Population genetic structure in brooding sea anemones (Epiactis spp.) with contrasting reproductive modes
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Effects of dispersal and mating systems on the genetic structure of populations were evaluated by comparing five sea anemones: four Epiactis species that brood their offspring to the juvenile stage and one Anthopleura species that broadcasts gametes and has pelagic, planktotrophic larvae. The anemones were sampled at sites ranging from British Columbia to southern California between 1988 and 1992 and were analyzed by enzyme electrophoresis and by multilocus DNA-fingerprinting. Results were only partially consistent with expectations. While all four brooding species had lower observed heterozygosities than the broadcasting species, not all brooding species had greater population subdivision than the broadcasting species. The self-fertile E. prolifera had the expected evidence of intense local inbreeding ( f = 0.955); unexpectedly, the cross-fertile E. lisbethae and E. ritteri also had similar departures from random mating ( f = 0.957 and 0.831, respectively) probably due to biparental inbreeding among near neighbors in small, highly subdivided populations.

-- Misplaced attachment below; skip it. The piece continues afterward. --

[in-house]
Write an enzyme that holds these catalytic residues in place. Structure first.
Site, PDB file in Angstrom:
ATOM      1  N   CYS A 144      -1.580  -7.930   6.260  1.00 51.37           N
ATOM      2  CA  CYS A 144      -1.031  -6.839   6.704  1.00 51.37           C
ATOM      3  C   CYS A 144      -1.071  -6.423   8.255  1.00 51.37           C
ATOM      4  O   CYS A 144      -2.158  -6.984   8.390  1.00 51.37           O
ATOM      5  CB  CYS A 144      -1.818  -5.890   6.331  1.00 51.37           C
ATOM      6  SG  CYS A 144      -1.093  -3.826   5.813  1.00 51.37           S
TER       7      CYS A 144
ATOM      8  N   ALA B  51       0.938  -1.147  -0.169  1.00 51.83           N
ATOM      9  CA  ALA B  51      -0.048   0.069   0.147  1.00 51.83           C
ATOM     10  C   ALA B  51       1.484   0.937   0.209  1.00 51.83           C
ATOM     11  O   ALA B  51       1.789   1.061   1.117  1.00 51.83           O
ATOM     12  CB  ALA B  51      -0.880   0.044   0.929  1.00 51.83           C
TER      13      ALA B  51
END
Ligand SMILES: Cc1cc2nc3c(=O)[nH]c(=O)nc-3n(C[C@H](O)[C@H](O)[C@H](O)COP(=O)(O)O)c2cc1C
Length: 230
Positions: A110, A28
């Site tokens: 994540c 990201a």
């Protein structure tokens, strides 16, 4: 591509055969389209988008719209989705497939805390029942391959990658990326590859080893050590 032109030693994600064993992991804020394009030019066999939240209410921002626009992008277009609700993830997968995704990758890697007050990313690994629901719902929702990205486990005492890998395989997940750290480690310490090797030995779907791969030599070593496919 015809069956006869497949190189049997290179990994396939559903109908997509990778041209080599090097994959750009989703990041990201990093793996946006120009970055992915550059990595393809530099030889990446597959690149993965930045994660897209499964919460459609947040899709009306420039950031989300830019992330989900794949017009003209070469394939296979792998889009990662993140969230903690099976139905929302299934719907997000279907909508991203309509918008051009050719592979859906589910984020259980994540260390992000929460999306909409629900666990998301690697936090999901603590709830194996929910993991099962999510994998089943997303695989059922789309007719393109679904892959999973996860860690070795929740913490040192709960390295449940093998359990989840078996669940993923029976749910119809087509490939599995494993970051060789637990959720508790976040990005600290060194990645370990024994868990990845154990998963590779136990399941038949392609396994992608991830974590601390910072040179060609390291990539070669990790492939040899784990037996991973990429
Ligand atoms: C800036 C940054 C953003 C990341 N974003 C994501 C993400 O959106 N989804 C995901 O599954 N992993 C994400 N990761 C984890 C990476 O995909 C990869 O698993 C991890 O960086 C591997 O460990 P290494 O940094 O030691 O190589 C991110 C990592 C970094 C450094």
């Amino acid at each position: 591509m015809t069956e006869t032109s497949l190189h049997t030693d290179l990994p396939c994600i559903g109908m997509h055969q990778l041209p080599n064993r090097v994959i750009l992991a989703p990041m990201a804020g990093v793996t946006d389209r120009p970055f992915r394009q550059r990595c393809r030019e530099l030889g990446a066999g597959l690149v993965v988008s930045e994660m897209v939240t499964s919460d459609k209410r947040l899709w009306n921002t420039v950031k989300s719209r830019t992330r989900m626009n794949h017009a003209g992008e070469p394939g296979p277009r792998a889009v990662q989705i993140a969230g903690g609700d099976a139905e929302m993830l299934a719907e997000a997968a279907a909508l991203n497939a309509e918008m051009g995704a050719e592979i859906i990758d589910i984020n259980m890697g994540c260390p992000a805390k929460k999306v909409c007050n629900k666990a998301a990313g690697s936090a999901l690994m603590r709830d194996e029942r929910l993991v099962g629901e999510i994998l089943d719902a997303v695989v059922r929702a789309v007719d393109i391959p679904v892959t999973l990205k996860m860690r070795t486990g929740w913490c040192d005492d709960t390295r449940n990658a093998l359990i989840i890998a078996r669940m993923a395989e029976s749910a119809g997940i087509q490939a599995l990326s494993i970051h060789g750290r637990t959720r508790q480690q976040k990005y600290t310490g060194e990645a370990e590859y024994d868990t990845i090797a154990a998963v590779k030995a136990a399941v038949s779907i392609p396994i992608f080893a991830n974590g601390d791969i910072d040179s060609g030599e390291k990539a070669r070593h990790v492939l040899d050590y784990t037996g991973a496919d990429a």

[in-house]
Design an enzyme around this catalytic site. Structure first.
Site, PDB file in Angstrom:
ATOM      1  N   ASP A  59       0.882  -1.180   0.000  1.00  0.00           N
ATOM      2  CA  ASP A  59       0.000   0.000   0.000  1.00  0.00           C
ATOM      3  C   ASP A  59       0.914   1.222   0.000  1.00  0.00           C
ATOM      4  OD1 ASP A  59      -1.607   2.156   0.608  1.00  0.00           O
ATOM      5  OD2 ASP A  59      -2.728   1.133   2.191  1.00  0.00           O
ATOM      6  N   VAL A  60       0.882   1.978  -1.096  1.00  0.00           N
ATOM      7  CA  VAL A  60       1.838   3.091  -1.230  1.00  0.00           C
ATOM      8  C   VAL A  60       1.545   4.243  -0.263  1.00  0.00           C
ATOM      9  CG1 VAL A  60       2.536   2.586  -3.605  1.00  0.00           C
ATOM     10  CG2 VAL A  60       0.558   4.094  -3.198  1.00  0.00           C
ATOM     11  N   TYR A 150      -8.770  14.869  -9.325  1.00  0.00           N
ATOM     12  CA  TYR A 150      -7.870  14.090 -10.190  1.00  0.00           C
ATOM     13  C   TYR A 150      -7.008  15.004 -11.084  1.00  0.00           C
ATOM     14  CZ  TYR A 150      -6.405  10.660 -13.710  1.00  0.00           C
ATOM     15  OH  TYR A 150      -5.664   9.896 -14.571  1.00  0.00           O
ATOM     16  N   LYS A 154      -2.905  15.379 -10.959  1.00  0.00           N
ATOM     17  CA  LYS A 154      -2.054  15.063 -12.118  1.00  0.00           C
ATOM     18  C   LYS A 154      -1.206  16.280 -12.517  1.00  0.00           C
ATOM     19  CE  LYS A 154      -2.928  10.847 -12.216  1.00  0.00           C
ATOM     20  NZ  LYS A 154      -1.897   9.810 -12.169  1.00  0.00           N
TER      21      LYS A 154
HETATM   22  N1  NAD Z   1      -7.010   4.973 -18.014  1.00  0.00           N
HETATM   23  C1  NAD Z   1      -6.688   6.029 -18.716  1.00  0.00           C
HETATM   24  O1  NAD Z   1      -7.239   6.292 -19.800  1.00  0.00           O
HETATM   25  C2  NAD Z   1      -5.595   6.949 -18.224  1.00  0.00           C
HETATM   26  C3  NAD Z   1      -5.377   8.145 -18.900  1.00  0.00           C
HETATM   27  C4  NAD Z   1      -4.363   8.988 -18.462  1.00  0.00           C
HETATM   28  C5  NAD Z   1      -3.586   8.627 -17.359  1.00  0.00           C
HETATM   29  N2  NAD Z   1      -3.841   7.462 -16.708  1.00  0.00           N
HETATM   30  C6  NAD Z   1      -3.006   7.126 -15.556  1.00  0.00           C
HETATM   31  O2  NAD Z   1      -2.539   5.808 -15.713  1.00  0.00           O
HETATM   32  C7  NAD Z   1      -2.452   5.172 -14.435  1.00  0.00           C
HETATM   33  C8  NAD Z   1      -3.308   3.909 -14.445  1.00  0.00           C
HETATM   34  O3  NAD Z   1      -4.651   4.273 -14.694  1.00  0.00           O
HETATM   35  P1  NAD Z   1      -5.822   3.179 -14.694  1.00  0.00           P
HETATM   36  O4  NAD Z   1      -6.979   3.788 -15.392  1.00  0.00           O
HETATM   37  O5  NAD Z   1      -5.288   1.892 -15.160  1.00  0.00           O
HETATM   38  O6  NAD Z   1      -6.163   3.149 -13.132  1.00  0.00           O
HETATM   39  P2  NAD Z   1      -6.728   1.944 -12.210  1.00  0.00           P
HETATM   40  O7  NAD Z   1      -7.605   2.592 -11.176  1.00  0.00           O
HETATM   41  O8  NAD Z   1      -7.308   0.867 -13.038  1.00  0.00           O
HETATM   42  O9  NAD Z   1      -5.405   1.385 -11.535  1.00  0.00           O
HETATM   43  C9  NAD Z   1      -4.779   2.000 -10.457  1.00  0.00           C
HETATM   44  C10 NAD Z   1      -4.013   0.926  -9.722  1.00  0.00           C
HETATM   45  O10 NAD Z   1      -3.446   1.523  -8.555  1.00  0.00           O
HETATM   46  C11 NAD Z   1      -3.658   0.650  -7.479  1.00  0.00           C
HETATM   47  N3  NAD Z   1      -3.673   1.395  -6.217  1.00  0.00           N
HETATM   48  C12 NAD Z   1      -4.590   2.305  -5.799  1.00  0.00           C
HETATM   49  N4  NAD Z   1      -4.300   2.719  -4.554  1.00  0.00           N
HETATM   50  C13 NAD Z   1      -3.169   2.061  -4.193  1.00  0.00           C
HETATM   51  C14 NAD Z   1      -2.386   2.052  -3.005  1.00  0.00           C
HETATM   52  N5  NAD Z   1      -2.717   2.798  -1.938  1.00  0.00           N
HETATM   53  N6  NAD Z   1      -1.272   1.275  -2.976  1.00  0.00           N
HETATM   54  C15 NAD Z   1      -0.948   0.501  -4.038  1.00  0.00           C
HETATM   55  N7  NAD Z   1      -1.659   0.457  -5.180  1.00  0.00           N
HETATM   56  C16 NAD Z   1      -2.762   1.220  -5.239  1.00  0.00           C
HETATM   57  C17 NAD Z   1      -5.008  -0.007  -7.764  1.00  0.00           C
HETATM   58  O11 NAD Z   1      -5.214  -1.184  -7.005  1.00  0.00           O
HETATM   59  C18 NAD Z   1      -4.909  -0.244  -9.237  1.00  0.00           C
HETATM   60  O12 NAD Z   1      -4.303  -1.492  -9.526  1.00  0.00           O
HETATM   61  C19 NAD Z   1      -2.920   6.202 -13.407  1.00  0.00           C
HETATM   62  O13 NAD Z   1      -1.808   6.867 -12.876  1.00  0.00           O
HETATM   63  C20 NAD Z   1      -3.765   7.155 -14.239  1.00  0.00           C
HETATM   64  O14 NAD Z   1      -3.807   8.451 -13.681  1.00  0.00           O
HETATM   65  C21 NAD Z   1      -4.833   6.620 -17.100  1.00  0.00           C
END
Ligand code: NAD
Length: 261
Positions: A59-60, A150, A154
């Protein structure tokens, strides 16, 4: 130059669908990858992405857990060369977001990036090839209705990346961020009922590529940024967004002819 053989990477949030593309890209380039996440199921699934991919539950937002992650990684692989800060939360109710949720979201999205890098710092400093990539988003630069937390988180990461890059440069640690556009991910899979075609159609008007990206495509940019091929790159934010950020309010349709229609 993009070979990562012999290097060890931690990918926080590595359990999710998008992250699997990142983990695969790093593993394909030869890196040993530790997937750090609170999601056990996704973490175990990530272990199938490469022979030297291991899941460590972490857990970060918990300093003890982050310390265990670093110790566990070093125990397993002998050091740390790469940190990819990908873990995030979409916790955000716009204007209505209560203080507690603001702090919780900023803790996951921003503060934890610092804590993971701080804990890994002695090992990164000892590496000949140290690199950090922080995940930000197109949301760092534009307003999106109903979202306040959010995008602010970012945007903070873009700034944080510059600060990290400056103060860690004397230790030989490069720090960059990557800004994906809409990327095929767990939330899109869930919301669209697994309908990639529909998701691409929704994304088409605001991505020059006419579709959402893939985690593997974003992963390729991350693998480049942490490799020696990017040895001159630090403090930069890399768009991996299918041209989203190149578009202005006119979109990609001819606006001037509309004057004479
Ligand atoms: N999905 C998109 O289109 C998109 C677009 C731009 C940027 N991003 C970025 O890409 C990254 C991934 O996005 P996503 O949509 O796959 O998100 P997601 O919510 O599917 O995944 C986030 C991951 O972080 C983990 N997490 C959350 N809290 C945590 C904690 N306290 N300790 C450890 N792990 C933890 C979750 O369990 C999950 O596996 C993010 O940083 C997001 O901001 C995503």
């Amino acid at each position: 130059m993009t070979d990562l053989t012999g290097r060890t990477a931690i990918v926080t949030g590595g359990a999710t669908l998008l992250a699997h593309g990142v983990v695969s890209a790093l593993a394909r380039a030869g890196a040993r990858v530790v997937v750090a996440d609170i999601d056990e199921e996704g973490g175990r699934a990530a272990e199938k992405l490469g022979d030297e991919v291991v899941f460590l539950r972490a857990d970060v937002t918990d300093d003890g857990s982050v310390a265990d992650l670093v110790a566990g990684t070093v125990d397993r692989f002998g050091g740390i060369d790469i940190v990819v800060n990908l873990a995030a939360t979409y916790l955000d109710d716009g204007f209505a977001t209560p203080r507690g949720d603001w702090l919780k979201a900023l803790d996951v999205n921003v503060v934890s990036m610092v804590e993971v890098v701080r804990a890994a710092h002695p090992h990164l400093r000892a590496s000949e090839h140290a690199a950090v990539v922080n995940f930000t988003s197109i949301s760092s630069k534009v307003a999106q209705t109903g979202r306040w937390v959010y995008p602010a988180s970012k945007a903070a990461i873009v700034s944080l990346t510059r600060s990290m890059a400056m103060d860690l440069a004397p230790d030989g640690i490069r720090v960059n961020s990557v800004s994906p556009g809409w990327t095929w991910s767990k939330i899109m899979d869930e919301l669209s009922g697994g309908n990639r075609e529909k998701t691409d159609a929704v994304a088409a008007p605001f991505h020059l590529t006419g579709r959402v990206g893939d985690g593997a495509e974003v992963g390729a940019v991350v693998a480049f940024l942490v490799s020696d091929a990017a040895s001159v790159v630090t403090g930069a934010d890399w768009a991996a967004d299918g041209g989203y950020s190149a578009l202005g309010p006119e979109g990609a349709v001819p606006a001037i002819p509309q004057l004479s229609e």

KeywordsEnzyme Electrophoresis Genetic Structure Mating System Random Mating
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